The Impact WW I had on Women

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by DTheiss
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Social Studies
World War I

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The Impact WW I had on Women

19th Amendment

The Impact WWI had on Women

Clara Barton and a circle of her acquaintances founded the American Red Cross in Washington, D.C. on May 21, 1881. Barton first heard of the Swiss-inspired global Red Cross network while visiting Europe following the Civil War. Returning home, she campaigned for an American Red Cross and for ratification of the Geneva Convention protecting the war-injured, which the United States ratified in 1882.

The Red Cross

Job Opportunities

Approximately 1,600,000 women joined the workforce between 1914 and 1918 in Government departments, public transport, the post office, as clerks in business, as land workers and in factories, especially in the dangerous munitions factories, which were employing 950,000 women by Armistice Day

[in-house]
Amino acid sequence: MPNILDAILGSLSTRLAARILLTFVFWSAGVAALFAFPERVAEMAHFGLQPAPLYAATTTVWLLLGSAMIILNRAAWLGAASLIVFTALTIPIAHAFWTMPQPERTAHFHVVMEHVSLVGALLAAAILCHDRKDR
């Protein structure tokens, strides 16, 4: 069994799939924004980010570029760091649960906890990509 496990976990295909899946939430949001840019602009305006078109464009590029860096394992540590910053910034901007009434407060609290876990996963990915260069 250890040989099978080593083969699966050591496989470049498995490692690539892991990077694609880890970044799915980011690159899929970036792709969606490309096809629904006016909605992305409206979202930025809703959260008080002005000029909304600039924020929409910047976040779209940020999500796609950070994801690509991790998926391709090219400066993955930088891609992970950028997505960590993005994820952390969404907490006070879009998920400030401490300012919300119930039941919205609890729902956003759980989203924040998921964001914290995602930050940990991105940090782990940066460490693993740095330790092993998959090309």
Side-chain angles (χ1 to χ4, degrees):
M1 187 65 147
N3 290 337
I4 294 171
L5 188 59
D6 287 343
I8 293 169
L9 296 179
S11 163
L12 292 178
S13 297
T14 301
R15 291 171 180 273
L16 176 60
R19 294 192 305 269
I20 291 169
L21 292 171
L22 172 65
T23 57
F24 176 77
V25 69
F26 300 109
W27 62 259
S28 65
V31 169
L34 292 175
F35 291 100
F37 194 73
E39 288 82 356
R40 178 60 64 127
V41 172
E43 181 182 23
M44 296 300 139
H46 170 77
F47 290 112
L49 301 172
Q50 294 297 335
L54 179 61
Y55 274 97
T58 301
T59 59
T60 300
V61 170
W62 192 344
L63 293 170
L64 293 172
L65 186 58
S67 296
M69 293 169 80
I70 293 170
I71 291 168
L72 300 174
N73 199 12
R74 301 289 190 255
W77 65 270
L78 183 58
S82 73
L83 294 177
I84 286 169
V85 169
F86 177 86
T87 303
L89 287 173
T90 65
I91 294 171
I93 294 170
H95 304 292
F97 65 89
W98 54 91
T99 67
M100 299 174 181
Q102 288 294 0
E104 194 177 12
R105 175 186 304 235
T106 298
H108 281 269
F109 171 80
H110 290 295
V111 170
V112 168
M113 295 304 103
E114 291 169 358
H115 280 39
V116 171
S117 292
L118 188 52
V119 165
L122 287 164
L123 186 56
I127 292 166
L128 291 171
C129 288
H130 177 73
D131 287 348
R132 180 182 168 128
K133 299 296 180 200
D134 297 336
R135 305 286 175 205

Women's Peace Party

After the start of World War I, in 1915, Jane Addams, Carrie Chapman Catt, and other peace activists formed the Women’s Peace Party.The conference, held in January 1915 in Washington, D.C., brought together women from diverse organizations who unanimously agreed on most issues under discussion, including the call for limitation of arms, mediation of the European conflict, and the removal of the economic causes of war.

The Nineteenth Amendment to the United States Constitution prohibits any United States citizen from being denied the right to vote on the basis of sex. It was ratified on August 18, 1920.


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